04/26/22 23187730 26949 24 1123 19 T 69
04/27/22 23214193 26463 24 1103 18 W 486
04/28/22 23241029 26836 24 1118 19 T 373
04/29/22 23268439 27410 24 1142 19 F 574
04/30/22 23294658 26219 24 1092 18 S 1191


Date Flow Used Hours gph gpm dow more less
05/01/22 23321007 26349 24 1098 18 S 130

We are still under a Boil Order. Please conserve water.

Yellow Pine Water Users PWS 4430059 BOIL WATER ADVISORY Due to insufficient treatment
We routinely monitor the conditions in the drinking water distribution system. On 4-19-2020 we experienced a period of insufficient treatment due to extreme water demand which exceeded the capacity of the treatment system. A drop in water pressure is a signal of the existence of conditions that could allow contamination to enter the distribution system through backflow, by backpressure, or back-siphonage. As a result, there is an increased chance that the drinking water may contain disease-causing organisms.
What should I do?
Bring all water to a boil, let it boil for one minute, and let it cool before using, or use bottled water. Boiled or bottled water should be used for drinking, making ice, brushing teeth, washing dishes, and food preparation until further notice. Boiling kills bacteria and other organisms in the water.
* Inadequately treated water may contain disease-causing organisms. These organisms include bacteria, viruses, and parasites, which can cause nausea, cramps, diarrhea, and associated headaches.
* The symptoms above are caused by many types of organisms. If you experience any of these symptoms and they persist, you may want to seek medical advice. People at increased risk should seek advice about drinking water from their health care providers.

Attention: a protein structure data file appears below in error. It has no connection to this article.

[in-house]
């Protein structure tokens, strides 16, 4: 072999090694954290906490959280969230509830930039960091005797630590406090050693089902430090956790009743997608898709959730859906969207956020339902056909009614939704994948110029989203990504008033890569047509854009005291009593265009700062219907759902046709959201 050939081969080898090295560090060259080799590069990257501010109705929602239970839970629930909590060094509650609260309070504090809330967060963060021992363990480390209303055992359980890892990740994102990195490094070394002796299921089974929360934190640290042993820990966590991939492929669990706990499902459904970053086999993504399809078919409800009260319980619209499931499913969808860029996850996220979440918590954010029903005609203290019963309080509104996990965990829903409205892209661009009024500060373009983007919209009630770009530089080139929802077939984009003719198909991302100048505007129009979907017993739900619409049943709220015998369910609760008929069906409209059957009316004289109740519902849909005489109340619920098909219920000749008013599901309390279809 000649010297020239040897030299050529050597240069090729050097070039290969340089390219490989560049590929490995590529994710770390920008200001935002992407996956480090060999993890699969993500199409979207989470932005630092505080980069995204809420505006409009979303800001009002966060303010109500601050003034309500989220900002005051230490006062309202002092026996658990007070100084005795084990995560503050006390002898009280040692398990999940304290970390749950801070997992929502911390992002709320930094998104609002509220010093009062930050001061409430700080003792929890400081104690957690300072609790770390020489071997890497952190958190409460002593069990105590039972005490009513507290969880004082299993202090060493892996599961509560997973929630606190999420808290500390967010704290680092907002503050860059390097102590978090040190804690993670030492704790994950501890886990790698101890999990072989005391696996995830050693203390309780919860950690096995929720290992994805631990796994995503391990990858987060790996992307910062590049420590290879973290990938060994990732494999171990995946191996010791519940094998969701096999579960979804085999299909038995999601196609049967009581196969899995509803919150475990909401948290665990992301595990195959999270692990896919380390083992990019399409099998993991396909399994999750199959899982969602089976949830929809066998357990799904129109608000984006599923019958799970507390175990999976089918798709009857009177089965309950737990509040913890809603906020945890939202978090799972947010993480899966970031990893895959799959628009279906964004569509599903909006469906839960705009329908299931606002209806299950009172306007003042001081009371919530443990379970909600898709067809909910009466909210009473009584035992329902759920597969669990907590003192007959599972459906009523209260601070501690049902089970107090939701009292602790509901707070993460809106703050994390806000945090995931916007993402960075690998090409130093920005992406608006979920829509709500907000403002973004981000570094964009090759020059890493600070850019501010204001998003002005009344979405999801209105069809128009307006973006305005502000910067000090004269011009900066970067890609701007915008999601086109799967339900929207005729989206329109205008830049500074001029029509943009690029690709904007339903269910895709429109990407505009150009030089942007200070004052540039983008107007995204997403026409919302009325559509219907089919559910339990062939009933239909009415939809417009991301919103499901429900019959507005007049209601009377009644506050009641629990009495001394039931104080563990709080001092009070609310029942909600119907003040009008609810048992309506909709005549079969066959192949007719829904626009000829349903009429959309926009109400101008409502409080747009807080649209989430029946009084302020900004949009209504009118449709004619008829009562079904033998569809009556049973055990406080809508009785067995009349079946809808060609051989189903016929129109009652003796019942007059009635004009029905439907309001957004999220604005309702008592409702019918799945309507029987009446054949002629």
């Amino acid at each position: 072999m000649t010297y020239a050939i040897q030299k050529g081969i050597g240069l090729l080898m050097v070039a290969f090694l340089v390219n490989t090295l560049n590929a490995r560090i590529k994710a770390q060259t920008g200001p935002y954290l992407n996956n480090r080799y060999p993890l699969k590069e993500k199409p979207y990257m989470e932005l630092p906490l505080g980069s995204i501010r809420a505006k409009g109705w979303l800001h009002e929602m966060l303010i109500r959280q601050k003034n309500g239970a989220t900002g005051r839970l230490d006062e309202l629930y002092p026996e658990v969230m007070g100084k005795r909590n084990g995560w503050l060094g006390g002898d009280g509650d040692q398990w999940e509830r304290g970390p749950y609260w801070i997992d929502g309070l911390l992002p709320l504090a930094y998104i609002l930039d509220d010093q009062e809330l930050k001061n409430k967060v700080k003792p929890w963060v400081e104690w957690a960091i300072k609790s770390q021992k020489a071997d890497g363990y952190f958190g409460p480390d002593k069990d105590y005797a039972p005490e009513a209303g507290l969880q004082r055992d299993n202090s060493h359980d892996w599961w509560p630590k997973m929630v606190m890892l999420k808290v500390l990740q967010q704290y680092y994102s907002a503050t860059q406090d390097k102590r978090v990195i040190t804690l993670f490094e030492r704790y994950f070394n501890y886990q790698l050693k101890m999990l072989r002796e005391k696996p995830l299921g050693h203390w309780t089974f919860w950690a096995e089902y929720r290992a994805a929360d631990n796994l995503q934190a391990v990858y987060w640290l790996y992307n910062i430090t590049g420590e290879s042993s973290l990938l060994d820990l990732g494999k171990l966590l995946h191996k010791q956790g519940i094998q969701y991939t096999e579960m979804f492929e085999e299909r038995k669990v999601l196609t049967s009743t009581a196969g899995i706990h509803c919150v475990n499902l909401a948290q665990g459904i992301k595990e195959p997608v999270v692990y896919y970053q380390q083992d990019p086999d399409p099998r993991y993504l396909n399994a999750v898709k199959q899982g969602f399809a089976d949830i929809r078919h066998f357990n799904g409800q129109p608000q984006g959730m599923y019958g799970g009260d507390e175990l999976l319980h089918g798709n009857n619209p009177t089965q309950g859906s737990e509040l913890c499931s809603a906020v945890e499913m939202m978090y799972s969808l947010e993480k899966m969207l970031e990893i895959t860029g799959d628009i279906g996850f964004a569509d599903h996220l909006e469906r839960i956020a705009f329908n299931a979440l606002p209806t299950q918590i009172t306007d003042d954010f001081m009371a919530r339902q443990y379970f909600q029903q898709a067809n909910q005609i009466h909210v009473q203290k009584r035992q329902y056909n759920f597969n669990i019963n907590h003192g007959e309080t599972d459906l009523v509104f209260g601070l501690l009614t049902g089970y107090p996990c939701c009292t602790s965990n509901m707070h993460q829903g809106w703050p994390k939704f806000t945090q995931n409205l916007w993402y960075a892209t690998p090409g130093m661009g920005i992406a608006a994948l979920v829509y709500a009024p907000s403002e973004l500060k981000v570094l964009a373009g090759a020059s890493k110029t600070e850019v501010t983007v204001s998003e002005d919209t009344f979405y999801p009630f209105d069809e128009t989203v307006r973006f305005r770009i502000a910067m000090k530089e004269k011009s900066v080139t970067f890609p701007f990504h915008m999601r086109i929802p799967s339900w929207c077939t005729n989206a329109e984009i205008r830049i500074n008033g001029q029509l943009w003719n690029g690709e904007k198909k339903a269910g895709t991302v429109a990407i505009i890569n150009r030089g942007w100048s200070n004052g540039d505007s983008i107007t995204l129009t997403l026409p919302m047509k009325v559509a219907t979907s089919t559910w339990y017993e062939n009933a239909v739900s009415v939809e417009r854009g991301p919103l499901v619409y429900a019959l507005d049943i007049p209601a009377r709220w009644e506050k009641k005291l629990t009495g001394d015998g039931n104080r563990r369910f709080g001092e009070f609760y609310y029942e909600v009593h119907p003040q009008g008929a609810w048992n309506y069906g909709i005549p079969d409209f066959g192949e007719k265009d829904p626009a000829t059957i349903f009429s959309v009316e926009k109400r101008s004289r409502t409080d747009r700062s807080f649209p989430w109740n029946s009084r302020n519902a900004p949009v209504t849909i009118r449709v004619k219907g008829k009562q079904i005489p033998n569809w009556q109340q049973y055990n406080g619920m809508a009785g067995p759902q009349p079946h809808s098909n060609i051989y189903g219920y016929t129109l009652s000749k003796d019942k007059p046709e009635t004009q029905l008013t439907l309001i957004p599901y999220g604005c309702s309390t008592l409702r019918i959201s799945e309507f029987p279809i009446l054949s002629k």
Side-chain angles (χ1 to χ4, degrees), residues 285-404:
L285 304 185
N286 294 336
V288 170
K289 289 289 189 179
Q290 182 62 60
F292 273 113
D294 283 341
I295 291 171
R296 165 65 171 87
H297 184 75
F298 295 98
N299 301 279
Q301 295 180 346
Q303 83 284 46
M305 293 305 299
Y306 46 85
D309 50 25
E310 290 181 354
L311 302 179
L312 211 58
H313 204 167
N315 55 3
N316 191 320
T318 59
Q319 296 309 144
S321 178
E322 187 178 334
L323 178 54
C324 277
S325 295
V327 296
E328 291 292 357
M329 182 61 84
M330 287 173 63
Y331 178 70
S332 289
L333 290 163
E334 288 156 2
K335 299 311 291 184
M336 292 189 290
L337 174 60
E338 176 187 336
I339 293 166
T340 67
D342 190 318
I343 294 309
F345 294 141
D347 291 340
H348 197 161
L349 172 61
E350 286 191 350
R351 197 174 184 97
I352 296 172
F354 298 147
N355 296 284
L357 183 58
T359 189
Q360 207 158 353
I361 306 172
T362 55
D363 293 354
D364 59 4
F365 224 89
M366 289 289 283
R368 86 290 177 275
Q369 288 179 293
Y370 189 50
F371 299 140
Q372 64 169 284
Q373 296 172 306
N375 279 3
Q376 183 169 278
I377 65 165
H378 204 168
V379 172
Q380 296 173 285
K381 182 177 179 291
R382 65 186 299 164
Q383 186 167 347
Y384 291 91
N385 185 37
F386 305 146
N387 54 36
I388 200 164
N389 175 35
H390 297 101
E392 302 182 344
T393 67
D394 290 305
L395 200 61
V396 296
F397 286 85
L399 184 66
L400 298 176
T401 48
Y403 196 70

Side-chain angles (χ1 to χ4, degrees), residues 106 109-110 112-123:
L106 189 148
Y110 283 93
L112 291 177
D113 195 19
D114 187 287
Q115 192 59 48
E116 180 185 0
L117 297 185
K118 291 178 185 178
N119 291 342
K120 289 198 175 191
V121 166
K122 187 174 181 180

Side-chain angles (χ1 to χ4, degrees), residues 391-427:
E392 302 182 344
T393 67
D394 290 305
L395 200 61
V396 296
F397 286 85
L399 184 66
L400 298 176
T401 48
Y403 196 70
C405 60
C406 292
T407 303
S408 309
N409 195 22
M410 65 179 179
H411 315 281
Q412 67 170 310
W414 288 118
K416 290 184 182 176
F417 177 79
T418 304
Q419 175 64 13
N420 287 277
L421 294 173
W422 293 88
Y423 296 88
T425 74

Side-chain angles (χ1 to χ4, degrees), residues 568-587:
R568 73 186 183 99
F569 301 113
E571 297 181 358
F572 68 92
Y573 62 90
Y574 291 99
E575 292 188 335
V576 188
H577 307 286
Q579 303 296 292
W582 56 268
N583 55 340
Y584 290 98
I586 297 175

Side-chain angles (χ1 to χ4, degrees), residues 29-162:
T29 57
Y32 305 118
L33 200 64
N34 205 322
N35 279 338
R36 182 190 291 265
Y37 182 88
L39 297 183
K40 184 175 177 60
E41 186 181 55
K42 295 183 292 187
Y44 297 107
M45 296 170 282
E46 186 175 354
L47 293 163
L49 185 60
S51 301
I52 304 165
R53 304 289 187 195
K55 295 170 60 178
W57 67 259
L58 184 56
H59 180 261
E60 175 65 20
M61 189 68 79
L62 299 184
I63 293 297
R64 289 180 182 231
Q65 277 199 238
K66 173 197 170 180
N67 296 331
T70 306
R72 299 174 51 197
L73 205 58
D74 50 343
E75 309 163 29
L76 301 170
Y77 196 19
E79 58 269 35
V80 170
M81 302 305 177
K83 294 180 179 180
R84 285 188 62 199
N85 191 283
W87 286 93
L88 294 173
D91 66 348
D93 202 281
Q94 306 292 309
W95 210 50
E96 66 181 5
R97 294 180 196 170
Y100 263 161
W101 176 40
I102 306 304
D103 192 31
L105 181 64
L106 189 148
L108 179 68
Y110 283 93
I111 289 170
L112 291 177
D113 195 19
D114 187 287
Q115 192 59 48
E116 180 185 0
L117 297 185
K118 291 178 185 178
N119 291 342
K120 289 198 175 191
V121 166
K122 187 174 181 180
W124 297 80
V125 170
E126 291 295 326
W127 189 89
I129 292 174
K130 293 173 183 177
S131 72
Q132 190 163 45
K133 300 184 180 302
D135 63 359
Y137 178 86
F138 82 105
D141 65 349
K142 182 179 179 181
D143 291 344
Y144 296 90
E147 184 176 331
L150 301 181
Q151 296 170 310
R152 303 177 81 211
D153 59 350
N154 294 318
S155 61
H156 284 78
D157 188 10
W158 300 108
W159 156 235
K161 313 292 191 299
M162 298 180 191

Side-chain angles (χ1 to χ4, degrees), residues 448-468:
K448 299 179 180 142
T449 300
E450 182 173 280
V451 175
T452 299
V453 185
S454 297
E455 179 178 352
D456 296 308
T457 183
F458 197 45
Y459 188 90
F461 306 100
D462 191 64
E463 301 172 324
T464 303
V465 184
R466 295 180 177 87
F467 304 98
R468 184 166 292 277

What is being done?
Efforts are under way to curtail water use. Once water use is diminished, the water treatment system will again be operational and the boil water order can be lifted
We will inform you when you no longer need to boil your water. We anticipate resolving the problem within 365 days.
For more information, please contact Warren at 208-573-6261 or wdrake @
Please share this information with all the other people who drink this water, especially those who may not have received this notice directly (for example, people in apartments, nursing homes, schools, and businesses). You can do this by posting this notice in a public place or distributing copies by hand or mail.
This notice is being sent to you by Yellow Pine Water Users Assoc.
PWS ID #: 4430059. Date distributed: 4-11-22.

Water Conservation Tipsyellowmellow

1. Turn OFF the tap when you brush your teeth
Pretty much everyone runs the tap whilst brushing their teeth, when in fact you only need water at the beginning and the end (to wet the brush and rinse it).

2. Try and conserve water when using the toilet
We’ve heard a simple saying for this “If it’s yellow, let it mellow. If it’s brown flush it down”.
Also don’t use the toilet as a bin, every time you throw a small bit of trash and flush the toilet 5 gallons is gone.

3. Shorten your shower and turn it off when you can
You can also turn the shower off in between, wet yourself, lather up then turn the water off. When you’re ready turn it on and rinse off.